A report that a Saudi-led coalition has made unauthorised transfers of US-made equipment to Yemeni forces has provided ammunition for US lawmakers who oppose their country's military support for Riyadh.
CNN reported on 4 February that Saudi Arabia and the UAE "have used the US-manufactured weapons as a form of currency to buy the loyalties of militias or tribes, bolster chosen armed actors, and influence the complex political landscape [in Yemen]."
It identified one of the militias as the Abu al-Abbas Brigade, which is led by a man who was designated as a terrorist by the US Treasury in October 2017 for alleged links to Al-Qaeda in the Arabian Peninsula (AQAP).
During a Senate Armed Services Committee hearing that same day, General Joseph Votel, commander of the US Central Command (CENTCOM), confirmed that the US had not authorised Saudi Arabia or the UAE to transfer US-made equipment to Yemeni forces. "I think we have to look closely at the allegations in this particular situation to find out what happened," he said.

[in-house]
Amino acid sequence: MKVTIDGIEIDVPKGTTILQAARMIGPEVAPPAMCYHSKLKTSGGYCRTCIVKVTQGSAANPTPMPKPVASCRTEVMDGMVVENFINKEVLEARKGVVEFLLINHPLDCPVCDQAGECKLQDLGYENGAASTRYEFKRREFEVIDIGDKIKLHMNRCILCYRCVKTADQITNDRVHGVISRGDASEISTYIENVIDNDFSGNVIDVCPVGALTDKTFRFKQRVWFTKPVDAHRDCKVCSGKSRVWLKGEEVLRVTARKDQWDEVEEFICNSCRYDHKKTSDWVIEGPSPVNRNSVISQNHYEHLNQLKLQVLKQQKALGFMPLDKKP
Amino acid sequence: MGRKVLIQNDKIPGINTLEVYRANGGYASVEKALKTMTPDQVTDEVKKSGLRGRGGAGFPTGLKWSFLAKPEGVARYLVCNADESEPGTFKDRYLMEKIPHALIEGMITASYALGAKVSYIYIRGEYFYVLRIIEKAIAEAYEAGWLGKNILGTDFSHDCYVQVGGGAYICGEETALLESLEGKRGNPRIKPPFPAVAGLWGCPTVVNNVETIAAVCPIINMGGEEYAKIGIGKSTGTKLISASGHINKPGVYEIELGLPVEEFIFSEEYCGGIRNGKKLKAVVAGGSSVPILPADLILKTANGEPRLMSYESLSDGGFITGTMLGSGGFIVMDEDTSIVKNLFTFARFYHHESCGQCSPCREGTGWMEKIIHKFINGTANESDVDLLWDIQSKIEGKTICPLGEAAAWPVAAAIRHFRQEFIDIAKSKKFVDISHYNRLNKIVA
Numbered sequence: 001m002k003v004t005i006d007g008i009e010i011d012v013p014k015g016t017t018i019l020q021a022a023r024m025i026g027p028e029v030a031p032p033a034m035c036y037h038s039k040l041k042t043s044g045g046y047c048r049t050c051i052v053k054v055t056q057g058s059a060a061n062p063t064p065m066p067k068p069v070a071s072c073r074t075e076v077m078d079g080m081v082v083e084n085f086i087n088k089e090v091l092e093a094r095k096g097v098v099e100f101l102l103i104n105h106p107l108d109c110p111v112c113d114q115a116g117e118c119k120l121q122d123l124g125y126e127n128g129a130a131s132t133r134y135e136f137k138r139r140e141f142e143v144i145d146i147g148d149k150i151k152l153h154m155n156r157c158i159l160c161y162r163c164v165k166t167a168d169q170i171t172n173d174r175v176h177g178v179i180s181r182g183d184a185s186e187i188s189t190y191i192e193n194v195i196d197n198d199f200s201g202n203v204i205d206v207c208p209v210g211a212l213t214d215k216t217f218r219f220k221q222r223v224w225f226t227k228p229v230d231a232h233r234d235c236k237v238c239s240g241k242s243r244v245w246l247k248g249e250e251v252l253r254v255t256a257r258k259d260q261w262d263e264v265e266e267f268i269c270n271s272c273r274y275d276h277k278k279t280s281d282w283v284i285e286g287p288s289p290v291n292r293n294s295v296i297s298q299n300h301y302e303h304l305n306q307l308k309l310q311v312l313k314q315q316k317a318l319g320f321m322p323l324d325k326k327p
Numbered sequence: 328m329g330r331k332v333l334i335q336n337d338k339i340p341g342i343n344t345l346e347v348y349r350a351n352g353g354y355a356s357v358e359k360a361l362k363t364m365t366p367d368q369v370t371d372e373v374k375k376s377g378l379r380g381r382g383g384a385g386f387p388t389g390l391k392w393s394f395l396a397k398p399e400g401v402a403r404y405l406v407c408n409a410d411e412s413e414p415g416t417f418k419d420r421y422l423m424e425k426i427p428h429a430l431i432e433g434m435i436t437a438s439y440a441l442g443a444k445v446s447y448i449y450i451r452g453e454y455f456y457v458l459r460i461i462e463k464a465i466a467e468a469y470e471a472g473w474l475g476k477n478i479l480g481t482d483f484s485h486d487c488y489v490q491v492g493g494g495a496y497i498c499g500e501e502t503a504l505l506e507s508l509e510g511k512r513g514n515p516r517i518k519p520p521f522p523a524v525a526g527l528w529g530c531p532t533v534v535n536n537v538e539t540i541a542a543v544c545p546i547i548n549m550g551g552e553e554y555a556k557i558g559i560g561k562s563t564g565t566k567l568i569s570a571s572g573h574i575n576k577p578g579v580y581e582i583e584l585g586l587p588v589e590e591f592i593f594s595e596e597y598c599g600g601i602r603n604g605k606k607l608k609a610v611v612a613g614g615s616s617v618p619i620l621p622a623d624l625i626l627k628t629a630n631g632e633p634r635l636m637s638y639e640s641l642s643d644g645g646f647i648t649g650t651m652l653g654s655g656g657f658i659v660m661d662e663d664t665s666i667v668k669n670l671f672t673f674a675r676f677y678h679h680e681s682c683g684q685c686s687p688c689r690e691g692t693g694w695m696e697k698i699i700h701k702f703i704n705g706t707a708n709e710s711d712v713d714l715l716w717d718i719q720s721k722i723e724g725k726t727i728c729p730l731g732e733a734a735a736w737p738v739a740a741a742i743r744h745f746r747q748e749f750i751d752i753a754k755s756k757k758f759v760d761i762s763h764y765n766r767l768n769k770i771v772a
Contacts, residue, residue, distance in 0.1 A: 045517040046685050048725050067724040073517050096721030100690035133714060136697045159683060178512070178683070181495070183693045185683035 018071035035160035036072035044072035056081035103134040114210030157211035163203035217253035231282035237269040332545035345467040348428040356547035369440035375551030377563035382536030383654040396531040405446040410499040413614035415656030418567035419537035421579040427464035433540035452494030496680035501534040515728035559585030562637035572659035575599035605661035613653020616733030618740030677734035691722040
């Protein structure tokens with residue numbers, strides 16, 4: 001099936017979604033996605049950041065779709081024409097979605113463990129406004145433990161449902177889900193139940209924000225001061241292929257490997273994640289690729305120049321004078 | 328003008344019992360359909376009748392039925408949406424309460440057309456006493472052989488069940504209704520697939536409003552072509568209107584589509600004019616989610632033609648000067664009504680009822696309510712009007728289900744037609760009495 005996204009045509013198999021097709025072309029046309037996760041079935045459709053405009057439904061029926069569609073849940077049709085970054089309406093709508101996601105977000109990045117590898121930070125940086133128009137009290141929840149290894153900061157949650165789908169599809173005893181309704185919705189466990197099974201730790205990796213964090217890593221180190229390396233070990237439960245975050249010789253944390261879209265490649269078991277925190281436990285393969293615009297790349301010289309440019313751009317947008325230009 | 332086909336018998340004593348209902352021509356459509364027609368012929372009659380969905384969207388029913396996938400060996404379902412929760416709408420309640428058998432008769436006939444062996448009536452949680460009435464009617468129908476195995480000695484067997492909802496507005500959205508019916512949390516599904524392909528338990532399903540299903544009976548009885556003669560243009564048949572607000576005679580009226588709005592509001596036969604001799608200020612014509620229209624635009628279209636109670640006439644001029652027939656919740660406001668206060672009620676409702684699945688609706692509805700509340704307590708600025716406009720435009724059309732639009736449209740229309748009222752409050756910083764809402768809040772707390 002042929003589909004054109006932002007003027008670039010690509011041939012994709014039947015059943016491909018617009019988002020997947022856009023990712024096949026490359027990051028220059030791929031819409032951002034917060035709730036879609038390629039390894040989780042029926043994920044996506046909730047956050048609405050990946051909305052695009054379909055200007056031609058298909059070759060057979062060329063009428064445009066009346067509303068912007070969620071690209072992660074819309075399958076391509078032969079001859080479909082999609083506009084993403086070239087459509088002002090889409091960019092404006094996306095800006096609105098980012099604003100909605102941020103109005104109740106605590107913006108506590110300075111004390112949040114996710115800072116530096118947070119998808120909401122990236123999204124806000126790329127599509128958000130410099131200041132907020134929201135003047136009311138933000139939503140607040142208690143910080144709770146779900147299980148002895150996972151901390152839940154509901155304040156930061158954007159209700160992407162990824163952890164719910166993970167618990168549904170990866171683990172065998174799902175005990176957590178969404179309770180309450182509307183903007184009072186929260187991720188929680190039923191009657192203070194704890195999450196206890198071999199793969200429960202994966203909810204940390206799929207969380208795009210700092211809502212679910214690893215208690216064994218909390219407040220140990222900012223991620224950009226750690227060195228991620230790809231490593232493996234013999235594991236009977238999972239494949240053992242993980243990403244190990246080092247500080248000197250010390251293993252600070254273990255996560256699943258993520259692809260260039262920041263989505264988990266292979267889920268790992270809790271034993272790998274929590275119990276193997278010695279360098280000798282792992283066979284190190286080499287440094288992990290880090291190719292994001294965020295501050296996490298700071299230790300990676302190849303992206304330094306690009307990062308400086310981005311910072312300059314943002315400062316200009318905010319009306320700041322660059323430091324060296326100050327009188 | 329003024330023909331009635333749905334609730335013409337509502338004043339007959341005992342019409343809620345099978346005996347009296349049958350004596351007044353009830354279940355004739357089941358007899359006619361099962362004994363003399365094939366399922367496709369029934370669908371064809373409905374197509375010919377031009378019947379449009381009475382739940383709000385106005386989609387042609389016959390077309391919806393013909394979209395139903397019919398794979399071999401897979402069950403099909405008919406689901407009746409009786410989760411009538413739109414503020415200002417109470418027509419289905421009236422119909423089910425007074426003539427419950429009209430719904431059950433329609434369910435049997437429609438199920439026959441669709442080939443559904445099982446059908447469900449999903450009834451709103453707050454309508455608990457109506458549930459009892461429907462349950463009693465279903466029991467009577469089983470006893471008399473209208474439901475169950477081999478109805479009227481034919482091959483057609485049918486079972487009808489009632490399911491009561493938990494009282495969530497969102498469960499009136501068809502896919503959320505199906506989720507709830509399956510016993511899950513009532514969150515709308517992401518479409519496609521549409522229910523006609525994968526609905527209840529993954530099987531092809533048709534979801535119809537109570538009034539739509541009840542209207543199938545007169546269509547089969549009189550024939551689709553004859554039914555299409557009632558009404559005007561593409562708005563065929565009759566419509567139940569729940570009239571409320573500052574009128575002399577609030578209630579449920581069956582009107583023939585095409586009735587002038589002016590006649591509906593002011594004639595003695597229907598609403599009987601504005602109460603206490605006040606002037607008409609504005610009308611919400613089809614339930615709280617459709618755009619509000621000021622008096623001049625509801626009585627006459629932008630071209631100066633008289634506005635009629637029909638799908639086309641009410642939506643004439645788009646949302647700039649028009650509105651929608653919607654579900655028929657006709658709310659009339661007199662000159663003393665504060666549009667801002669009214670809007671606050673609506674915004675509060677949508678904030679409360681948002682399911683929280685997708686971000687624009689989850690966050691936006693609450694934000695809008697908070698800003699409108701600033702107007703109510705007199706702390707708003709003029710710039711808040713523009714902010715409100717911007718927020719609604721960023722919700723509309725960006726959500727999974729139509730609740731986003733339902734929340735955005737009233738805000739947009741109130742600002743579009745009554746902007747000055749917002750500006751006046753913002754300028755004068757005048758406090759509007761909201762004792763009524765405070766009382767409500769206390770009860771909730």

The four-star general explained that end-user monitoring and enforcement mechanisms including tracking inventories are in place, with the Department of Defense (DoD) responsible for monitoring equipment transferred under government-to-government agreements and the US State Department for commercial defence sales.
CNN cited a US defence official as saying an investigation into the unauthorised transfers is ongoing, but the US DoD declined to confirm this. "The US government cannot comment on any pending investigations of claims of end-use violations of defence articles and services transferred to our allies and partners," it said in a 5 February statement to Jane's . "We take allegations of misuse of US-origin defence equipment very seriously and initiate investigations promptly upon receiving credible evidence."
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